Christmas Celebration In Vietnam


1/ The Origin of Christmas in Vietnam:

You may know that Christmas is not originally from Vietnam nor an official public holiday here. It was brought to the country by Maria Magdalene Minh-Đức Empress, the wife of Lord Nguyen Hoang and the mother of Prince Nguyen Phuc Khe.

In 1652, at the age of 50, she joined Catholicism in Thuan Hoa by the priest Francisco di Pina. Later, she was baptized with the name of Saint Maria Magdalene under the witness of the Priest Dac Lo. After being condemned, the Empress used her reputation to support Catholicism during political crisis. Besides, she built a small church right next to her son’s mansion in Kim Long land, which is the suburban area of today’s Hue.

The church since then was an open place for Christians all over province, from prayers to preachers. This is also the church where one exceptional incident took place in 1643.

With the strong wave of authorities against Catholicism, the Priest Dac Lo – the only priest in the church – was expelled. Not giving up, preacher Ynhaxo and Minh-Đức Empress still decided to hold all Christmas rituals. The “Midnight Mass” liturgy couldn’t have been carried out if Maria Magdalene Minh-Đức Empress had not presided over it. The very first Christmas in Vietnam history took place successfully in spite of hardships.

2/ The Celebration of Christmas In Vietnam:

Now, back to present time, Christmas has become more and more popular in Vietnam, among not only Christians but also Vietnamese from all religions. Unlike Western countries, Christmas Eve (24th December) is considered more important than actual Christmas Day (25th December).

From the beginning of December or even earlier, almost all shopping malls start to decorate their stores with snowflakes, cheering banners or electric Santa popping out of the chimney. The festive vibe is also shown in fairy lights and Christmas songs blazing all over the streets.

             Santa’s clothes can be seen everywhere in the street. Photo: Grantouristmo Travel

On Christmas Eve, instead of staying home and spending time with family, local Vietnamese tend to go downtown for Christmas celebration. Families usually dine out at nice restaurants while young people prefer going out with their friends, walking around the streets and taking a lot of photos.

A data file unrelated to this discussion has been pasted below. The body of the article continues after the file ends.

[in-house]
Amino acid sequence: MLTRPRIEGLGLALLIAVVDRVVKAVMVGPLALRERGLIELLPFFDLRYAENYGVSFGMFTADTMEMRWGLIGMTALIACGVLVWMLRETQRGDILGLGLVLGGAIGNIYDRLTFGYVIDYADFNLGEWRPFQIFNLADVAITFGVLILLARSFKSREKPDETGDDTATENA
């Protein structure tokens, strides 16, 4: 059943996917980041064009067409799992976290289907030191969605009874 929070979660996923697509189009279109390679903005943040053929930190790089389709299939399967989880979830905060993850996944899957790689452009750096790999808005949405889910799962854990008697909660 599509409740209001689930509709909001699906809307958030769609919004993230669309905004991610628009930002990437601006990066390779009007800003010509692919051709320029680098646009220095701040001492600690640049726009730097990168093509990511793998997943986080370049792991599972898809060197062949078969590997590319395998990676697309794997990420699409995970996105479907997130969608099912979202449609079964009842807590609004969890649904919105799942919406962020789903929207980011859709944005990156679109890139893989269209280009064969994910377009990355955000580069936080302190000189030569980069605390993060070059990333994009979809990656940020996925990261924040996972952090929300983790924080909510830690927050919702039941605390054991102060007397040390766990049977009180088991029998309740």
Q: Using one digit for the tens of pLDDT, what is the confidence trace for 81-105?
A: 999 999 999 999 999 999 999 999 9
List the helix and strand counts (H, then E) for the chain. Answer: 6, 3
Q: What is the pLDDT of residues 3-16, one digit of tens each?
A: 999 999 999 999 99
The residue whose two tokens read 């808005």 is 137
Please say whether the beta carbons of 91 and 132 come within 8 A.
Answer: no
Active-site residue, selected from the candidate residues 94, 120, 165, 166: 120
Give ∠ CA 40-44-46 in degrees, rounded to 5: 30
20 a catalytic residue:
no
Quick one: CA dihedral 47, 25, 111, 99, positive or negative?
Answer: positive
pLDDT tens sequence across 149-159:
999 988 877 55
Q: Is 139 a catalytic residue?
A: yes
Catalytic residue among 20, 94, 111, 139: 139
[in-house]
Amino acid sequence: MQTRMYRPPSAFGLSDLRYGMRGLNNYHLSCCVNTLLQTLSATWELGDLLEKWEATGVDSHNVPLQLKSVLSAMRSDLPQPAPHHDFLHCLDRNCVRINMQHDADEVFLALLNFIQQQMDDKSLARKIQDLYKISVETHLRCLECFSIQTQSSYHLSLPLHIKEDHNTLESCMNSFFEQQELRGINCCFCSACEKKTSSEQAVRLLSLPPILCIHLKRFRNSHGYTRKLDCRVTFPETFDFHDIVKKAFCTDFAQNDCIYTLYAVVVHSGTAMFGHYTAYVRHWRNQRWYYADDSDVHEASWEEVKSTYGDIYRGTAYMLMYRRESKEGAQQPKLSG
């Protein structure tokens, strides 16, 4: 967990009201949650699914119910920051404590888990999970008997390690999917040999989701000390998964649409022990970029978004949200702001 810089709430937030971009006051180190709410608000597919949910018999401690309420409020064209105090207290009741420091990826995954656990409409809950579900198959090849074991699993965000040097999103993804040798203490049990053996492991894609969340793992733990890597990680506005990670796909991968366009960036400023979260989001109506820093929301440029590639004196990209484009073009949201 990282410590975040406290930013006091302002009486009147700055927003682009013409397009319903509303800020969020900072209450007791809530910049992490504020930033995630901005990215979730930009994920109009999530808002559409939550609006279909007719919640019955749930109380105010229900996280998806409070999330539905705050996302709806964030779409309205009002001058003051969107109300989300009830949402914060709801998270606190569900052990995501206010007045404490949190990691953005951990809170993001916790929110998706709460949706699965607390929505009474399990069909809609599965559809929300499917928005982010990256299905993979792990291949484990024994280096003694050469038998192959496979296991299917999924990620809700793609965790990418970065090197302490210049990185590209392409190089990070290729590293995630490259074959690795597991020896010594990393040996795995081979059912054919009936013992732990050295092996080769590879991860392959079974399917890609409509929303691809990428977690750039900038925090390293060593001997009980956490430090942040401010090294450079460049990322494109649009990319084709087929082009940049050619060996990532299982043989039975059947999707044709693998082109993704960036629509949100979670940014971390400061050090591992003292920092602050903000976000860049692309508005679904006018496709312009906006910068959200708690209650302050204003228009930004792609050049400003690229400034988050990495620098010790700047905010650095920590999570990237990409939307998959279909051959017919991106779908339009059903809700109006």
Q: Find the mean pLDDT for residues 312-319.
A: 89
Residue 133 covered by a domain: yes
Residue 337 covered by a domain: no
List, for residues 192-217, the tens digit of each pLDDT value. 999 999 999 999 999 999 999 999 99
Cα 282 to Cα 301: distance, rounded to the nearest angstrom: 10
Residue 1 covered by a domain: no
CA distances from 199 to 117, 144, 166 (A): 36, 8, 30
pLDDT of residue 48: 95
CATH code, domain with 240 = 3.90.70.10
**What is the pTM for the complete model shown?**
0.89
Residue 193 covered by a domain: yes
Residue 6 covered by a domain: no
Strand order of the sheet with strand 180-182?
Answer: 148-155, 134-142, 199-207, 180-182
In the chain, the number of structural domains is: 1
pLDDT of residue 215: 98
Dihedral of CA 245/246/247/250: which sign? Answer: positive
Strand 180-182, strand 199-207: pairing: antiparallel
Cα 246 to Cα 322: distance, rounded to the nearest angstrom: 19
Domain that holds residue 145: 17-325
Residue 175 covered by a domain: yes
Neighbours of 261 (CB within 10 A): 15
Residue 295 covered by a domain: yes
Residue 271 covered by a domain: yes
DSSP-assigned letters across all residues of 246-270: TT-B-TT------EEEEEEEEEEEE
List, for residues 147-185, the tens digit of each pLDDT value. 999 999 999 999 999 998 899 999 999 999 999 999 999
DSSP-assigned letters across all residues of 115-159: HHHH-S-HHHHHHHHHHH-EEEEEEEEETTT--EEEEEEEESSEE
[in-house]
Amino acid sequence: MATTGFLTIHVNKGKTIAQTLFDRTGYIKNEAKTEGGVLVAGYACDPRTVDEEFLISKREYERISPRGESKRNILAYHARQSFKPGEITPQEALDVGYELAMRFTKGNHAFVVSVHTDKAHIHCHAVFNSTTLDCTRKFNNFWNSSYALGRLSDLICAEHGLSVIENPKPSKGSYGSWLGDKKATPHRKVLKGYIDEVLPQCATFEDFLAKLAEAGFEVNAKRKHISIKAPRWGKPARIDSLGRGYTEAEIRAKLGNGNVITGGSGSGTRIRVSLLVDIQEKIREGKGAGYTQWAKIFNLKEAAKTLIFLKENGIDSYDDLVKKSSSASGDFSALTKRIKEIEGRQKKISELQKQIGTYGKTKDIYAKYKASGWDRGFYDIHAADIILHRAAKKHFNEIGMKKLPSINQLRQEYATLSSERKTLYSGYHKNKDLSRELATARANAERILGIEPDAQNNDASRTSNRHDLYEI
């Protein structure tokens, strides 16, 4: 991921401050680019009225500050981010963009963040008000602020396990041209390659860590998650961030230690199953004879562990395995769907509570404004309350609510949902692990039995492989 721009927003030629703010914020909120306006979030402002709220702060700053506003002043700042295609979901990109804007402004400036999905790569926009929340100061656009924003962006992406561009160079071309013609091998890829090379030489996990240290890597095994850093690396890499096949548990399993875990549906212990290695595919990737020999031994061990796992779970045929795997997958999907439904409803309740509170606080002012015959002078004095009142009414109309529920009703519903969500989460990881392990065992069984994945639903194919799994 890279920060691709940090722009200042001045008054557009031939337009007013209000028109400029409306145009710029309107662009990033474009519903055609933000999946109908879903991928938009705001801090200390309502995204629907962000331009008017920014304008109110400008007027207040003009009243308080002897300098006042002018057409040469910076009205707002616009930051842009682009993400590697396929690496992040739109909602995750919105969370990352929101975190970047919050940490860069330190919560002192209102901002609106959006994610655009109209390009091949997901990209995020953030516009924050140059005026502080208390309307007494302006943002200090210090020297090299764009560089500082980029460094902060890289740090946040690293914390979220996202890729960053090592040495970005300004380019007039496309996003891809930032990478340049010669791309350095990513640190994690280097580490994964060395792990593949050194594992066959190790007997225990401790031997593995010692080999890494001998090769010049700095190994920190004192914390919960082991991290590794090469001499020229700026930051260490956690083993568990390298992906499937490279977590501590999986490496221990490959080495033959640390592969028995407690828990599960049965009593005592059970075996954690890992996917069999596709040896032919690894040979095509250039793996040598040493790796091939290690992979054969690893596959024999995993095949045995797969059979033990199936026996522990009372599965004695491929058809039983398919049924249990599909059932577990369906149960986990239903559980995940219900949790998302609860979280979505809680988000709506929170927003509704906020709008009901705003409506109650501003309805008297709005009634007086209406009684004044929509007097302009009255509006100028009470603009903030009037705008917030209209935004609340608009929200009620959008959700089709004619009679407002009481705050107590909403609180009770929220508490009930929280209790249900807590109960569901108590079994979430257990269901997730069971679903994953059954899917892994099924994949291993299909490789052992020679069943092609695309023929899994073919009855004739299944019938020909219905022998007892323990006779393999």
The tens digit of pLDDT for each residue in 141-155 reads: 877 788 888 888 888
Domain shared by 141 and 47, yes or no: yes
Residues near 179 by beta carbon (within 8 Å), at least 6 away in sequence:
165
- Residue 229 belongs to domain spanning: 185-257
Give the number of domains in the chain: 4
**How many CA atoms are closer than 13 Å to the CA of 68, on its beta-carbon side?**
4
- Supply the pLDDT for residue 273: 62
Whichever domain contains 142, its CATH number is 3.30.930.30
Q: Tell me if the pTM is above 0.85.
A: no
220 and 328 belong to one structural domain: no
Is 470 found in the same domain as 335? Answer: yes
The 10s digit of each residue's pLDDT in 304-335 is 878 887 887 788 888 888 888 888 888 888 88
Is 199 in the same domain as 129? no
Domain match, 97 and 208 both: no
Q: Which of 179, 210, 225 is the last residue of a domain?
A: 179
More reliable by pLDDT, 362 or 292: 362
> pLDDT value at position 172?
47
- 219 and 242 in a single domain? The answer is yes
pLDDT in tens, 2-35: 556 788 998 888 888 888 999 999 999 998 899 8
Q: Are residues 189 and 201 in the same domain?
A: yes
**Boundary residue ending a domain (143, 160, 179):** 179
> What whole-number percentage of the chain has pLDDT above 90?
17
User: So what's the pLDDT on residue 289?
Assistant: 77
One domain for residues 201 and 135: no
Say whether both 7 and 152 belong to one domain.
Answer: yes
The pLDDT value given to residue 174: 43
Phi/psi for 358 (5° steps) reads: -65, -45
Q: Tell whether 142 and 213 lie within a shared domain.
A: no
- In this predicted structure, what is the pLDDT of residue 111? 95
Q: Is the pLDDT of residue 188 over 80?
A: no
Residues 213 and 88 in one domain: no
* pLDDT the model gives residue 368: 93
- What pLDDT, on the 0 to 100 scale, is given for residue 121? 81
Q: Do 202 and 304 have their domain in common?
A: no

Although Vietnamese usually don’t eat turkey on Christmas Eve, it is still common to give a ‘Bûche de Noël’ (a chocolate cake in the shape of a log) to your loved ones. Christmas cards and wishes, rather than actual gifts, are also often exchanged among friends.

3/ Where To Celebrate Christmas in Vietnam:

Located in both tropical and temperate zone, winter in Vietnam is sure not as cold as in Western countries. However, it is advisable to bring along a light jacket when going out on Christmas Eve. Besides, since many people coming downtown for this festival, having ‘skin-to-skin’ contact with strange people should be taken into consideration. Keep an eye on your own belongings and don’t lose sight of your companions!

                  Watch out the streets in Vietnam on Christmas Eve! Photo: Thanh Nien

Recommended Places for the Christmas spirit in Vietnam:

In Ha Noi

– St. Joseph Catheral, Hanoi

– Old Quarters (especially on Hang Ma Street)

– Turtle Lake Hanoi

– Hanoi Pedestrian Streets (Hang Buom Street, Ta Hien Street, Dao Duy Tu Street)


Many families come and take photos under the tallest Christmas tree in Vietnam, Royal City shopping mall, Hanoi. Photo: Zing


The 15m height, 6m wide and 10 000 light bulbs decorated Christmas tree in Trang Tien plaza, Hanoi. Photo: 24h


               The glorious Turtle Lake in Hanoi on Christmas Eve. Photo: Baomoi

In Saigon

– Nguyen Hue Pedestrian Street

– Reunification Palace, the Central Post Office and Diamond Plaza on Le Duan Street

– Shopping malls in district 1

The impressive Christmas decoration outside Diamond Plaza. Photo: duonghien.005


The giant Christmas tree in AEON Mall Tan Phu.. Photo: Nguyen Ngoc Tram

– Catholic town in district 8 (along Pham The Hien Street)

                                                Catholic town in district 8, Saigon. Photo: Pose

Author: Mỹ Anh Lê


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